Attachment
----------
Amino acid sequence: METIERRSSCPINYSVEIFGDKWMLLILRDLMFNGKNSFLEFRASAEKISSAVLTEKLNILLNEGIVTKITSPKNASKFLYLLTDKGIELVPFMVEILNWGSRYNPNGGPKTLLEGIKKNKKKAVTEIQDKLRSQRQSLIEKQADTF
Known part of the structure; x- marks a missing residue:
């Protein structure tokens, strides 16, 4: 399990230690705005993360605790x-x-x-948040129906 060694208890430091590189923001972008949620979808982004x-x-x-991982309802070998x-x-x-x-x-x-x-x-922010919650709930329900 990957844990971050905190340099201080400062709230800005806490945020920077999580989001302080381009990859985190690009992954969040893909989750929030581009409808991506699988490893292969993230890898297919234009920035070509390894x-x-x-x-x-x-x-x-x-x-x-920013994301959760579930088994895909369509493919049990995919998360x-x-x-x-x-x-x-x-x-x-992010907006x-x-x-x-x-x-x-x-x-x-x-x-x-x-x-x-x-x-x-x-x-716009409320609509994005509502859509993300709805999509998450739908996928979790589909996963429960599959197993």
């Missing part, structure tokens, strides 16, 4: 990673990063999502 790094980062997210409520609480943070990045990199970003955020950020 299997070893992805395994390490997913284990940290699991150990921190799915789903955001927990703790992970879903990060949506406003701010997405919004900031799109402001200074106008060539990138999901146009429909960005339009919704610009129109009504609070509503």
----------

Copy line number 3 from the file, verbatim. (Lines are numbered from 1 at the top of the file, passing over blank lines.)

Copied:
């Protein structure tokens, strides 16, 4: 399990230690705005993360605790x-x-x-948040129906 060694208890430091590189923001972008949620979808982004x-x-x-991982309802070998x-x-x-x-x-x-x-x-922010919650709930329900 990957844990971050905190340099201080400062709230800005806490945020920077999580989001302080381009990859985190690009992954969040893909989750929030581009409808991506699988490893292969993230890898297919234009920035070509390894x-x-x-x-x-x-x-x-x-x-x-920013994301959760579930088994895909369509493919049990995919998360x-x-x-x-x-x-x-x-x-x-992010907006x-x-x-x-x-x-x-x-x-x-x-x-x-x-x-x-x-x-x-x-x-716009409320609509994005509502859509993300709805999509998450739908996928979790589909996963429960599959197993």